Last week, New York City Mayor Mayor Bill De Blasio signed the strongest piece of legislation in the country banning discriminatory credit checks. The “Stop Credit Discrimination in Employment Act,” will ban employers in NYC from requesting or using someone’s personal credit history for hiring, promotion, or job-retention decisions. The bill will eliminate the unnecessary red tape where a credit check is often an arbitrary obstacle to employment in some of the largest job sectors, such as retail and restaurant positions. The legislation passed thanks to the advocacy from several groups including the NYC Coalition to Stop Credit Checks in Employment. The coalition is made up of more than 75 partners including the RWDSU and the Retail Action Project (RAP). A RAP member attended the bill signing at city hall to help represent the retail workers who will see the positive impacts of the legislation.
“For too many New Yorkers there has been a vicious cycle. Their credit rating has been damaged when they have been unable to pay off the debts they have accumulated living in one of the most expensive cities in the world or receiving an education or covering an unexpected medical expense,” said RWDSU President Stuart Appelbaum. “They need jobs to pay off their debts, but their credit rating has prevented them from getting employed and they only fall further into debt. You need a job to pay off your debt, but then you can’t get a job because of the debt you already have. This law will help to break the cycle. It will give working people the opportunity to earn their way out of debt.”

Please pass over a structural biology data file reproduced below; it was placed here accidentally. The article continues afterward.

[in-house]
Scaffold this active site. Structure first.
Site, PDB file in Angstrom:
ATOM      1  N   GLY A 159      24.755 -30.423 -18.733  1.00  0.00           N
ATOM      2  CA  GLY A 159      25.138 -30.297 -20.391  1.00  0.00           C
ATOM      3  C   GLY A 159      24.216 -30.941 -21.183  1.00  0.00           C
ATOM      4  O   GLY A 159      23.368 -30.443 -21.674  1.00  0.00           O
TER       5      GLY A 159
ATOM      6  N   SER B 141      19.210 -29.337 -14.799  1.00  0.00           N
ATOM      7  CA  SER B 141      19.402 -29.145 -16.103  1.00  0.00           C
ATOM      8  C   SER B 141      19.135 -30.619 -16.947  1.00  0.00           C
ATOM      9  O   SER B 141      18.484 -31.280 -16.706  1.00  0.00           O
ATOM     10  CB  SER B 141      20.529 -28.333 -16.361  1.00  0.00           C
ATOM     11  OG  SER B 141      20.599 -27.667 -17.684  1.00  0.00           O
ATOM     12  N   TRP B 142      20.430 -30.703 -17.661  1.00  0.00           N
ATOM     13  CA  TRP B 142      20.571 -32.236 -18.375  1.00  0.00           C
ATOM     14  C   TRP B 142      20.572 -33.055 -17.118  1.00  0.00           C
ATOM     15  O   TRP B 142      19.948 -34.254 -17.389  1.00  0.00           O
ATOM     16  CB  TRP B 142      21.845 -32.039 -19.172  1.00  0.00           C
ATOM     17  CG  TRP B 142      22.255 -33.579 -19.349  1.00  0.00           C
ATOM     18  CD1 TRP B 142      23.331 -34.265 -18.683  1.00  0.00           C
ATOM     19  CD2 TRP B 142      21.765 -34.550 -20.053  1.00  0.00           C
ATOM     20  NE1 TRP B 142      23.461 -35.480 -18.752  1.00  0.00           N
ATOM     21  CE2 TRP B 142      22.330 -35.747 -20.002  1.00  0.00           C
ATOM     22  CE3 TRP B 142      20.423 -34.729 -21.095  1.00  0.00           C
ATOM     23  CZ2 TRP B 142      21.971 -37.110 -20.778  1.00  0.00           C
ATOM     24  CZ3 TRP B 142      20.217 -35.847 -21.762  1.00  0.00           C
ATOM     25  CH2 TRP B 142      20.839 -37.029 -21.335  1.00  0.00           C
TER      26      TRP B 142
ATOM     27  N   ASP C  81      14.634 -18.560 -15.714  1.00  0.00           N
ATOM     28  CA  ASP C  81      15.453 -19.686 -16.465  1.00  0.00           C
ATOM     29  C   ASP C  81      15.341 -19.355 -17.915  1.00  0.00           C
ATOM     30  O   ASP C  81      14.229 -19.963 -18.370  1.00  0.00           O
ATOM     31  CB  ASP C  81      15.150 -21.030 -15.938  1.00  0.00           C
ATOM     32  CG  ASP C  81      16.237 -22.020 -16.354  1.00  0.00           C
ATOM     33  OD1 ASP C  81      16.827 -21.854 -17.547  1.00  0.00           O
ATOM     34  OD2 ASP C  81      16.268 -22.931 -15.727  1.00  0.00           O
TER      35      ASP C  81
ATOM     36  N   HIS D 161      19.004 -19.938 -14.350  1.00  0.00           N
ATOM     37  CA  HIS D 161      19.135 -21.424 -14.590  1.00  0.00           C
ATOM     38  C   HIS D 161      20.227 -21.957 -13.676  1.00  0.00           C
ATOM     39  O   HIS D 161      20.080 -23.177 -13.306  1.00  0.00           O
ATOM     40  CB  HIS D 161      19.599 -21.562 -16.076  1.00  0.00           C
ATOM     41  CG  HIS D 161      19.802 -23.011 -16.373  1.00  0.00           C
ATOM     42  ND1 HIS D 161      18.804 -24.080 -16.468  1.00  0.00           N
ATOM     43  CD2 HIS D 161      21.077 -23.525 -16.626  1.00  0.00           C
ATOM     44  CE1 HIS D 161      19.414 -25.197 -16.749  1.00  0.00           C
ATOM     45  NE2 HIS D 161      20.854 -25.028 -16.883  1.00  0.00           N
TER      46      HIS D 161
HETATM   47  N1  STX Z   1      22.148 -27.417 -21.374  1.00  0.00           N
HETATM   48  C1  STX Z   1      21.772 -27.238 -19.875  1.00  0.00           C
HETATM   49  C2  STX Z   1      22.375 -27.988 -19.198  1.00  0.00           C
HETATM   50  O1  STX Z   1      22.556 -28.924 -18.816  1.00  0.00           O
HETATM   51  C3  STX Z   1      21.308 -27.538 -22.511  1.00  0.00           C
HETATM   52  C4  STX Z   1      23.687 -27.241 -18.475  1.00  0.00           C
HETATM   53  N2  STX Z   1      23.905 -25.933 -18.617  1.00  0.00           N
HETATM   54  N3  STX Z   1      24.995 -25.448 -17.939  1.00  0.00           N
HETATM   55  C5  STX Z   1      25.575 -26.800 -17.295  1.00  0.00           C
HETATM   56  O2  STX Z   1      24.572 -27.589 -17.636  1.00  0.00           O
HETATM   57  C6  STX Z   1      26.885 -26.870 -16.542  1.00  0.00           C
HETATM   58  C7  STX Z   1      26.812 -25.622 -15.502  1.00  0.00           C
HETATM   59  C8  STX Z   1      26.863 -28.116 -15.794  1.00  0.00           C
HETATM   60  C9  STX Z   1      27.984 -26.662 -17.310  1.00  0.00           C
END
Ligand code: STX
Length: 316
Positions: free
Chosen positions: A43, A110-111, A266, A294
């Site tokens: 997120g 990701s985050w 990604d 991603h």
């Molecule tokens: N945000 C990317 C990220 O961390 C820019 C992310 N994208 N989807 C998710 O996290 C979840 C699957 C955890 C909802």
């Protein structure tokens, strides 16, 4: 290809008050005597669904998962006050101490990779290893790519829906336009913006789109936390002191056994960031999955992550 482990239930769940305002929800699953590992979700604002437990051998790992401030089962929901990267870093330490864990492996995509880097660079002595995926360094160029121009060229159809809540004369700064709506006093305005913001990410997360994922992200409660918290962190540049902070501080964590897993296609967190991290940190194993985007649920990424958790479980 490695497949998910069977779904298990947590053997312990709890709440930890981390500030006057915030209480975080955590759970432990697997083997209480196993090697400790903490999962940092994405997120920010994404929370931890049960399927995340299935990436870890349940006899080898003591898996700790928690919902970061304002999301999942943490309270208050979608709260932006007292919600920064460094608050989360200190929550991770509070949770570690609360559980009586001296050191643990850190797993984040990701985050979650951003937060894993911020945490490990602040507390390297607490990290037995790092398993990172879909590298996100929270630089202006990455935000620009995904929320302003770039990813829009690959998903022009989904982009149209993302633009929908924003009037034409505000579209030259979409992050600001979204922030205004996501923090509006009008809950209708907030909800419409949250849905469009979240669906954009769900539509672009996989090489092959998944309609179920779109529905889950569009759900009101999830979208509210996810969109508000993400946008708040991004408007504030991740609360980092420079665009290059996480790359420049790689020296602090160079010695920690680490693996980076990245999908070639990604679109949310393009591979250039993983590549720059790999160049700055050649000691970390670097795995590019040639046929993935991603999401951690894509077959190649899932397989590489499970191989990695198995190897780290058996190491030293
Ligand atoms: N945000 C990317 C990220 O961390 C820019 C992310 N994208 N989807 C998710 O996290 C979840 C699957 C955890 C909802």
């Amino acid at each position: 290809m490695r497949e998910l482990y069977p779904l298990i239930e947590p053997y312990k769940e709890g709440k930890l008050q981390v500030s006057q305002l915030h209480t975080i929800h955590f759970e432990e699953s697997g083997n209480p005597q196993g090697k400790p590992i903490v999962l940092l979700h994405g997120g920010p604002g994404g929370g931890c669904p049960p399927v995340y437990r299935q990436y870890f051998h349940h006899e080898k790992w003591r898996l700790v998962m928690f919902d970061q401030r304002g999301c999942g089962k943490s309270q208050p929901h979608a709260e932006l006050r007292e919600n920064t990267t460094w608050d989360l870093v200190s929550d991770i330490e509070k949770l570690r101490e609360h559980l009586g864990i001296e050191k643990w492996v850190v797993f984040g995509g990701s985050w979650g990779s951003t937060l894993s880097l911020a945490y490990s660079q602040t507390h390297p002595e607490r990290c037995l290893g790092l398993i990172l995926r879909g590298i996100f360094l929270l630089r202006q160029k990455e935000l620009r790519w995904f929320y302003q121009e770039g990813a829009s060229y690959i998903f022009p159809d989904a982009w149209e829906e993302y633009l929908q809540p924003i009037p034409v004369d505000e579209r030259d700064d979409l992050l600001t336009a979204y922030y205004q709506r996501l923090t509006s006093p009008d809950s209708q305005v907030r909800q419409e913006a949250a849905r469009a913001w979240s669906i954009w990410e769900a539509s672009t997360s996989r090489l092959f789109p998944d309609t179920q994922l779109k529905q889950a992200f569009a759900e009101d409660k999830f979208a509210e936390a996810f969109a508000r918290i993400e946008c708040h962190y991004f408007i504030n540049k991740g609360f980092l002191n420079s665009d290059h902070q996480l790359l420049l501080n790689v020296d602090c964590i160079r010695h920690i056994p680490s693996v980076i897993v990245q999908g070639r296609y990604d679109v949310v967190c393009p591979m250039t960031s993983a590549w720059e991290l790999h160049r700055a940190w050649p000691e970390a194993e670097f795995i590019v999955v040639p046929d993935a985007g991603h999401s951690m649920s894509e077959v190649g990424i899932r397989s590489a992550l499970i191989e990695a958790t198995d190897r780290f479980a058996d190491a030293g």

Nearly half of U.S. employers now check job applicants’ credit histories when making hiring decisions. This practice blocks qualified workers from desperately-needed jobs — including people whose credit was damaged as a result of medical debts, divorce, layoffs or other life events beyond their control. Employment credit checks also discriminate against low-income workers and people of color, who have been disproportionately affected by predatory lending and the economic downturn.